Drinks in the cockpit

Two inflight engine shut downs have prompted Airbus and EASA to order changes to how liquids are consumed (or not) on the flight deck. In January, a drink spilled on the center console of a Delta flight required a diversion. Two months earlier, an Asiana flight diverted after a similar spill. 

Hydration is important, especially on X/C flights – but needless to say, spilled drinks into or onto any cockpit components can lead to both inflight issues, major clean-up/MX costs, and aircraft downtimes.

Please be mindful only bring travel mugs or other containers that can be fully closed, and make sure passengers of yours do the same.

Non-carbonated water is still the best way stay hydrated on any flight.

ICAO Filing

Flight plans in the US now have to be filed in ICAO format which asks for more aircraft equipment and capability details than the good ol’ FAA flight plan.

To help with setting up your flight plans we have created aircraft-specific pages; find them in the dropdown menu of each aircraft above under > Equipment > ICAO Filing.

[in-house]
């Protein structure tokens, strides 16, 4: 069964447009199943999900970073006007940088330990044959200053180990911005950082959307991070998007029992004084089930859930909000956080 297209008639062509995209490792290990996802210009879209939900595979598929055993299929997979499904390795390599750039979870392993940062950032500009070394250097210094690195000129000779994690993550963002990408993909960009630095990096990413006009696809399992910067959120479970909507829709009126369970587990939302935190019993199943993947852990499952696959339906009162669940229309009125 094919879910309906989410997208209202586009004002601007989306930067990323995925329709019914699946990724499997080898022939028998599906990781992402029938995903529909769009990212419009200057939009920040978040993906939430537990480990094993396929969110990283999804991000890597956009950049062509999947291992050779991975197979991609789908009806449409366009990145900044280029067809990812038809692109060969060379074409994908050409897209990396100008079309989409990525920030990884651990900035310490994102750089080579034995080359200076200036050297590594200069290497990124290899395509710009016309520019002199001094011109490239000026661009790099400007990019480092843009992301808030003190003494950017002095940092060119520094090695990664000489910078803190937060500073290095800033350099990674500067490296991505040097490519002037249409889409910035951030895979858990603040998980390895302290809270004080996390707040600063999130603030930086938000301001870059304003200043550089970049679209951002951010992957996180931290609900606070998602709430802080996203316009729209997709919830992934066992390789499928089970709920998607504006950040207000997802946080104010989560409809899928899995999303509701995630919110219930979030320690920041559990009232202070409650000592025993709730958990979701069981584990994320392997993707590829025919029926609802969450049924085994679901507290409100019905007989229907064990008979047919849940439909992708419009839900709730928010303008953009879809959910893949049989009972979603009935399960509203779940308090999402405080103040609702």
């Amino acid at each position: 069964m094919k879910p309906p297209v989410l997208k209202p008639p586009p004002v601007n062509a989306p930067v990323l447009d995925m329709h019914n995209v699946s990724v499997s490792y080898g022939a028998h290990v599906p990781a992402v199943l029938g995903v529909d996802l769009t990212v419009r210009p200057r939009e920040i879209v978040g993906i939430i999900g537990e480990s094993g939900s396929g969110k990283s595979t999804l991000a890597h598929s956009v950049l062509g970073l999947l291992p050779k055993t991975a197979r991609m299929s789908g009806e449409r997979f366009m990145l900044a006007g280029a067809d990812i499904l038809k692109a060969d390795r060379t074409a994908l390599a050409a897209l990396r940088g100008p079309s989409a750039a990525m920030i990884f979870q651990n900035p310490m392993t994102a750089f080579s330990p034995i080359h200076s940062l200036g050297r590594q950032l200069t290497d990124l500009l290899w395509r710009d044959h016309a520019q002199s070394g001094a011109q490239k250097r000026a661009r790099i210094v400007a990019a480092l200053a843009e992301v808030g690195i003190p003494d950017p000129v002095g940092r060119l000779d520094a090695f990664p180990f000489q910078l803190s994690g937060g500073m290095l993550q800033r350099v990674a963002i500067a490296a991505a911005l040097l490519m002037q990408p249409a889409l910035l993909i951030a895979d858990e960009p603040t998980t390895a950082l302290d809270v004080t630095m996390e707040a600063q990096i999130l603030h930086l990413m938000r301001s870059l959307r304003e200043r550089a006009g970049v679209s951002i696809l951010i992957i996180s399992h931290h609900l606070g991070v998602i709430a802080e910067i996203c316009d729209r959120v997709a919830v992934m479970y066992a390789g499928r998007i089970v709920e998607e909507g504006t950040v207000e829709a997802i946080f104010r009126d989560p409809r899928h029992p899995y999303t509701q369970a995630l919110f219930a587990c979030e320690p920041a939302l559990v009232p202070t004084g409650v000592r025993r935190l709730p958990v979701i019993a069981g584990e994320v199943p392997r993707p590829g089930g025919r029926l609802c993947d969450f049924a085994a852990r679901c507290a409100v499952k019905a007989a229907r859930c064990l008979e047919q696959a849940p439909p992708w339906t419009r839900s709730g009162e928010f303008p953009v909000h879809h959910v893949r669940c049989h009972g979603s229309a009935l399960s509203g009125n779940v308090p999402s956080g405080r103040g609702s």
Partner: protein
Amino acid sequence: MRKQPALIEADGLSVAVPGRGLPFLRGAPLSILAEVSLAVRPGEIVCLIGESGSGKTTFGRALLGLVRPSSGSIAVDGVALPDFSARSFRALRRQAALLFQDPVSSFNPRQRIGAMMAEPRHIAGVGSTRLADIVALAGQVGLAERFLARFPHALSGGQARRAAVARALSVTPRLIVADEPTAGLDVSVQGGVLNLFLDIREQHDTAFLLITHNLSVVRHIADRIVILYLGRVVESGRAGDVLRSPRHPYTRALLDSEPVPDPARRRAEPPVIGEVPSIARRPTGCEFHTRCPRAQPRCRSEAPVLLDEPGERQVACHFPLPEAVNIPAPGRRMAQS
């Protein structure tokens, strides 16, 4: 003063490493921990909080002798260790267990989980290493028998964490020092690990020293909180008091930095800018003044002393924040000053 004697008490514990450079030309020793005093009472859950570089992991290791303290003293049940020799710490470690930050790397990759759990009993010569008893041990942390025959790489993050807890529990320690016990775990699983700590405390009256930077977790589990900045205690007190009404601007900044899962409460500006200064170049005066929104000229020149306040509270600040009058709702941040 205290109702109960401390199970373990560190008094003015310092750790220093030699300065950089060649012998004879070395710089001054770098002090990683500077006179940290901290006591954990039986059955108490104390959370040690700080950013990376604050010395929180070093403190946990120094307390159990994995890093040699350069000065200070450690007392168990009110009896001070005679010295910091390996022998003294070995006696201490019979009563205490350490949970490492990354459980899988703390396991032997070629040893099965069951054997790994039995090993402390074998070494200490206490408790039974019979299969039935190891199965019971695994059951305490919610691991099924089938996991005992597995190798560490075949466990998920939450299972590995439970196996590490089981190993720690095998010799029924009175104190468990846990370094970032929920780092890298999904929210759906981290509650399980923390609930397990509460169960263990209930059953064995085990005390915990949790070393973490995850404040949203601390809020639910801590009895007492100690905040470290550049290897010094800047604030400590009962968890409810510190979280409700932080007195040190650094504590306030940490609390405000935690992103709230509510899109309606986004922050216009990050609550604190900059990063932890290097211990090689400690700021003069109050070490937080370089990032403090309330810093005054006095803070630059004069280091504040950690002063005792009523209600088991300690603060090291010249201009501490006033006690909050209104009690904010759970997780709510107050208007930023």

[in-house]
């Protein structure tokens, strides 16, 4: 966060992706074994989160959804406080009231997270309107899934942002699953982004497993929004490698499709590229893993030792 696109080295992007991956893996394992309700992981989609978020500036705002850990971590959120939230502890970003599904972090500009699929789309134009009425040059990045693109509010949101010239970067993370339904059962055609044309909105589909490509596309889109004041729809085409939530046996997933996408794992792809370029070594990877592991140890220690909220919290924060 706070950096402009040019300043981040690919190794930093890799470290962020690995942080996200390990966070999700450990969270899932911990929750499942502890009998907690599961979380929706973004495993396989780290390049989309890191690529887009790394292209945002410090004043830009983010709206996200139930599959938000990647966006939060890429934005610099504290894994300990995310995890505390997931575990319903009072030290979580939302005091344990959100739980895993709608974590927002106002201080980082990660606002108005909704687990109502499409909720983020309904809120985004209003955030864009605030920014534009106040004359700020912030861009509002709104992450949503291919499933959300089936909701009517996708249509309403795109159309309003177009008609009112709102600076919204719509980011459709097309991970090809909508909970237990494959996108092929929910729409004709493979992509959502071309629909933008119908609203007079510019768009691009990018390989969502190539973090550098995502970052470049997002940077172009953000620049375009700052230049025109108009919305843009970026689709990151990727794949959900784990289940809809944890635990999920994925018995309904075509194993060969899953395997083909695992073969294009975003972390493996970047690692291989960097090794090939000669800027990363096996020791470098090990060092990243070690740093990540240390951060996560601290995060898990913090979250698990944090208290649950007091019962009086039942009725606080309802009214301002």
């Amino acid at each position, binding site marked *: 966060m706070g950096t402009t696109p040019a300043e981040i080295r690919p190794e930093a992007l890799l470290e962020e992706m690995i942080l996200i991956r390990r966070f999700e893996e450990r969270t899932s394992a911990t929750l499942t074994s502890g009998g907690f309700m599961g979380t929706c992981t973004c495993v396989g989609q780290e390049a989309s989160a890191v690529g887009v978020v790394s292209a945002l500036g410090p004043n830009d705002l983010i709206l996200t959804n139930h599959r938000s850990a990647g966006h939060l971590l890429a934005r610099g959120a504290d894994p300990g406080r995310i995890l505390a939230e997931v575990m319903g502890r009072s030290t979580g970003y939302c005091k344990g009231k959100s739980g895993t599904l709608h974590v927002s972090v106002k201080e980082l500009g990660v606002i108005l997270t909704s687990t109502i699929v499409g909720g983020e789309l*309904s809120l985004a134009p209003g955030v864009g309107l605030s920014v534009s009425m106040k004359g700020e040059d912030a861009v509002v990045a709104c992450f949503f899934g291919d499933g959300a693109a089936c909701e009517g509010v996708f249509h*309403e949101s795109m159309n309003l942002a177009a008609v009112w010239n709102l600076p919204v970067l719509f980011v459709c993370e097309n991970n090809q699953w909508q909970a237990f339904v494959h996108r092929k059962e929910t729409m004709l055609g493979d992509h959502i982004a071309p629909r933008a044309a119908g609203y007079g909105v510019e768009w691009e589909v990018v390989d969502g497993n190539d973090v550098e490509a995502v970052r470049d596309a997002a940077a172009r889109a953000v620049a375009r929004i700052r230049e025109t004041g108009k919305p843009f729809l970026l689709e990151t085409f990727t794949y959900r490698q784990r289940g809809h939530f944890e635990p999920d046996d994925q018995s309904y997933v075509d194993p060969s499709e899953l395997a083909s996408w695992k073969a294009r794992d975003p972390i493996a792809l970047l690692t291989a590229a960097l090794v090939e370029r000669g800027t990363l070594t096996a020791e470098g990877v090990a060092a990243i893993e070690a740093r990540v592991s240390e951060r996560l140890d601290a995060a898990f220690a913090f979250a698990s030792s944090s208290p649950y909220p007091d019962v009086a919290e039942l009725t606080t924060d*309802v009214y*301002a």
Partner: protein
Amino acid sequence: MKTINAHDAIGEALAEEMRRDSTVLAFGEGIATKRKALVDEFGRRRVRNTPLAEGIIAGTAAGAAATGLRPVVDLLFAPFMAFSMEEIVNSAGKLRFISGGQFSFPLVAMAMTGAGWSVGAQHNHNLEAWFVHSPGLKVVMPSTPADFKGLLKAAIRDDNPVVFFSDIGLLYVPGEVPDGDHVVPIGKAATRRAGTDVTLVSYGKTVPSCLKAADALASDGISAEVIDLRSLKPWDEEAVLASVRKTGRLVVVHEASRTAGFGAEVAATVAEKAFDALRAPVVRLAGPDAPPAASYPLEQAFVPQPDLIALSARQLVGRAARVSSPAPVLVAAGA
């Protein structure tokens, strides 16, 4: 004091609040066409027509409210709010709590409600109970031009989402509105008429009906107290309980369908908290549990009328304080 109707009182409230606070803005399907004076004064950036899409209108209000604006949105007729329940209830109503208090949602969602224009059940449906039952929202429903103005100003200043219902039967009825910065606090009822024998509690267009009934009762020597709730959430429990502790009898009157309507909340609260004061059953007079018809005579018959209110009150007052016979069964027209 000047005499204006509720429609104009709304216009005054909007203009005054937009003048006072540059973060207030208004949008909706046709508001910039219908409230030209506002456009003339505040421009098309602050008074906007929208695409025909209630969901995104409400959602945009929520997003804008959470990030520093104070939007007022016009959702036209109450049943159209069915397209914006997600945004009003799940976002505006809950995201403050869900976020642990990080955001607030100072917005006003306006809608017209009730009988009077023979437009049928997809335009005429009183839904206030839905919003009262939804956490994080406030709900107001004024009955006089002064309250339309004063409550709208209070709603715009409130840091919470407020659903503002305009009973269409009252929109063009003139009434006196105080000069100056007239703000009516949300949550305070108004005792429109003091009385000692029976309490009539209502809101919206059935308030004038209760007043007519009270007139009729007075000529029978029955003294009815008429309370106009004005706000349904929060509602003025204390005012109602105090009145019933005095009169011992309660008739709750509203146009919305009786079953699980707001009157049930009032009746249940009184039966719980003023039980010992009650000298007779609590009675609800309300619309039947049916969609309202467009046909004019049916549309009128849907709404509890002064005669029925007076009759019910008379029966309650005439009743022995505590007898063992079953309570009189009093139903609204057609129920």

Use that information to fill out the aircraft profiles in your EFB.

C172S Tachometer: Normal operating limit

This is a reminder that the normal engine speed operating limit (top of green arc, representing ~75% BHP) changes with altitude.

See also POH:

  • Section 4: ENROUTE CLIMB and CRUISE
  • Section 5: CRUISE PERFORMANCE / RANGE / ENDURANCE
Top of normal operating RPM range (standard-day conditions):
2,500 RPM between sea level and 5,000′
2,600 RPM from 5,000′ – 10,000′
2,700 RPM above 10,000′

Soft-field operations

This is a gentle reminder of GFT’s Renter/Student Ops Manual regulation 5.6E, which states “Operations into any field other than paved surfaces (soft, gravel, sand, grass, etc) are prohibited unless prior approval is obtained from the Director of Operations, Chief or Assistant Chief Flight Instructor.

Soft fields can have hidden hazards like potholes or rocks in the grass, gravel causing prop damage, etc., and mud is the last thing you want to get stuck in during landing or trying to get out of on takeoff. These are all unnecessary problems, and therefore all soft-field exercises should be simulated on paved taxiways and runways .

Thank you for your understanding and helping keep our planes in the condition you wish to find them when you want to go fly!